CHICAGO -- The U.S. restaurant industry, like other retail sectors, remains in a "snoozefest," otherwise known as the doldrums. Locally based research company The NPD Group recently reported that restaurant traffic remained at approximately 61 billion visits in the year ended May 2014, which was flat compared to the prior year.
While 61 billion is a lot of restaurant visits, NPD noted the traffic is still below pre-recession traffic volume levels by nearly 1.3 billion visits. Furthermore, NPD's long-range forecast shows little traffic growth -- less than 1 percent -- over the next several years.
“There are some fundamental shifts in how consumers, particularly low- and middle-income consumers, address their discretionary spending,” said Bonnie Riggs, NPD’s restaurant industry analyst. “Similar to the stalled growth other retail sectors are experiencing, restaurants are being negatively impacted by a large segment of the population who are watching their discretionary spending closely. Going to a restaurant is a nice-to-have and not a need-to-have. ”
Some specific problems with the restaurant industry identified by the NPD Group are:
- A decline in visits to mid-scale/family dining and casual dining restaurants.
- Lunch and dinner meal times, which represent two-thirds of all industry visits, have experienced traffic declines over the past several years.
- Consumers aged 25 to 49 are visiting restaurants less, on average dropping a total of 44 annual visits over the last three years.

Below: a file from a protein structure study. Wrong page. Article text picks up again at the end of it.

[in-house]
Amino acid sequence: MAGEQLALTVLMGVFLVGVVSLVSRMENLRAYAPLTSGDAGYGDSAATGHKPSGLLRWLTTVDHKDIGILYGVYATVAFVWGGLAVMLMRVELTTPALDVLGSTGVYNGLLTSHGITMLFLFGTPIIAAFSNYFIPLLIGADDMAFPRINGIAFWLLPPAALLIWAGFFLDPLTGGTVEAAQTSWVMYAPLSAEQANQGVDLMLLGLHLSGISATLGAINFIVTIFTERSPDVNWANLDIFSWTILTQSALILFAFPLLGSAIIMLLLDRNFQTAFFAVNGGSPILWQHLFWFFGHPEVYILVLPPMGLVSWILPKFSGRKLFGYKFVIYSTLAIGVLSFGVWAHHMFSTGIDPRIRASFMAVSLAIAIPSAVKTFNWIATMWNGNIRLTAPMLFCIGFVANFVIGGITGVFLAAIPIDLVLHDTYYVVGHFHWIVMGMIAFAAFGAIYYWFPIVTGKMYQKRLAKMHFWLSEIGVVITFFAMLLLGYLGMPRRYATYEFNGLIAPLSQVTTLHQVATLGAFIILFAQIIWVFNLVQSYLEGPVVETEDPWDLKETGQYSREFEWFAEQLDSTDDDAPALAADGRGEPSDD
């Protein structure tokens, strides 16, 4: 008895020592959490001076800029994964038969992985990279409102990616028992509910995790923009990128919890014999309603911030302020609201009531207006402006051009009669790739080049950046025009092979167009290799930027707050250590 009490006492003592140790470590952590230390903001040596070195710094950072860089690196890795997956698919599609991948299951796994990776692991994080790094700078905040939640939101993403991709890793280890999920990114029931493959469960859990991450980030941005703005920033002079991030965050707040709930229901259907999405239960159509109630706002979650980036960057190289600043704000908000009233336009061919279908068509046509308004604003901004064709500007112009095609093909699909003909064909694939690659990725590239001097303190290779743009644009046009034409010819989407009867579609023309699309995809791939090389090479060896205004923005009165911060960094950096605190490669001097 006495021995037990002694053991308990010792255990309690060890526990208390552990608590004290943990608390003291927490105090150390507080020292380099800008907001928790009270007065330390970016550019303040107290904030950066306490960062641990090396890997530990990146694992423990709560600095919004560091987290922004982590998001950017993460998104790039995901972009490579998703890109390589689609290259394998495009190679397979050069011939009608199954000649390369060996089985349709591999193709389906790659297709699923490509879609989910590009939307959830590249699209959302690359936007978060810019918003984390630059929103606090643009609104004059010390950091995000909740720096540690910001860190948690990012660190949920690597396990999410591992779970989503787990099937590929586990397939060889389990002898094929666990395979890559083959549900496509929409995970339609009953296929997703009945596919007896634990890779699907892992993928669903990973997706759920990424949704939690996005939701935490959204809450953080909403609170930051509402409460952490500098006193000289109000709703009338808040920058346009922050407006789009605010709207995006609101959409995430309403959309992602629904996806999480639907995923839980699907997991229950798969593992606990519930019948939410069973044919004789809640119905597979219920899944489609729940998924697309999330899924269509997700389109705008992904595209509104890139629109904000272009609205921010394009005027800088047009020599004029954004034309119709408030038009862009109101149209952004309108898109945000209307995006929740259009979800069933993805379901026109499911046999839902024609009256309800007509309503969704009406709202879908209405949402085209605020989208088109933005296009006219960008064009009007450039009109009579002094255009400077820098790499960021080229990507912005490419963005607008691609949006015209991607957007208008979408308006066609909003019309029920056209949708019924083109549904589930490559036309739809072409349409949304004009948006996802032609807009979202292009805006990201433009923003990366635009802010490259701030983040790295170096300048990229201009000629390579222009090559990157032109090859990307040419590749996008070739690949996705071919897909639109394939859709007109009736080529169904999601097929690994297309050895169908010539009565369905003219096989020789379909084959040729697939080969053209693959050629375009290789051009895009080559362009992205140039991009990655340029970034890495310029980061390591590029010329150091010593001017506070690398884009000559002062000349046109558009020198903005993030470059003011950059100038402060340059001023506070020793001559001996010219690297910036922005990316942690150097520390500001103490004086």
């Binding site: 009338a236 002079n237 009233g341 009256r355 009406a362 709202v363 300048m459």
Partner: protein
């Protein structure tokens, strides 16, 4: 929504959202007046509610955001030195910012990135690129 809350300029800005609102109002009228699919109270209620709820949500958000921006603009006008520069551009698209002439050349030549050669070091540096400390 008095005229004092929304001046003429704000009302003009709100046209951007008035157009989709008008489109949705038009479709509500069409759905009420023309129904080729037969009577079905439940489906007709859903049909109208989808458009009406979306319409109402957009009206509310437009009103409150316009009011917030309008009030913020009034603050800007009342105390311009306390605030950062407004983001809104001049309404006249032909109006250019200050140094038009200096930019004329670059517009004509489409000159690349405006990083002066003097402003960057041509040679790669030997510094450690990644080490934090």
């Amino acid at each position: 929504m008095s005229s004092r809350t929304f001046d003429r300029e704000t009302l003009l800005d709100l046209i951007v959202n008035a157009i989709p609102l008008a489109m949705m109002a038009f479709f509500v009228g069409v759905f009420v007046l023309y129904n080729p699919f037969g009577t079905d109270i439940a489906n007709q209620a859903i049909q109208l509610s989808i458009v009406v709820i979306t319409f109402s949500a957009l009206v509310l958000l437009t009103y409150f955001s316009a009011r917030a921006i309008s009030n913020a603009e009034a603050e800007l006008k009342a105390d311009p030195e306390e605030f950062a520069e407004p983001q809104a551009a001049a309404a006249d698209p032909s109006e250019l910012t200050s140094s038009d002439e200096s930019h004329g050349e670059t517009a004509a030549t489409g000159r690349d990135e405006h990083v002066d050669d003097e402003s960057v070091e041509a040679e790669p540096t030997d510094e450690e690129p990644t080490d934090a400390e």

- Visits to hamburger quick-service restaurants also declined by 2 percent compared to the year-ago period.
There is a silver lining to NPD's findings, however. There are areas of the industry that are doing well, particularly those that offer a less expensive option, provide a better value or otherwise save customers money. Traffic for breakfast, the least expensive daypart, has remained up for the last three years, similar to deal- or discount-based traffic up 5 percent in the year ended May 2014. In comparison, non-deal visits were down 2 percent from the year-ago period.
Additionally, the fast-casual quick service category, which consumers perceive to have enhanced service and higher quality food than traditional quick-service restaurants, continues to grow visits.
“The restaurant industry is not going to see the strong growth it did prior to the recession in the near future. Consumer attitudes and behaviors have changed and may have changed for good,” Riggs added. “Margins are being squeezed and it’s a battle for share, but the fact remains that U.S. consumers still make billions of visits to restaurants each year. It’s a matter of staying in touch with the reasons why they visit and providing them the experience they want when they do eat out.”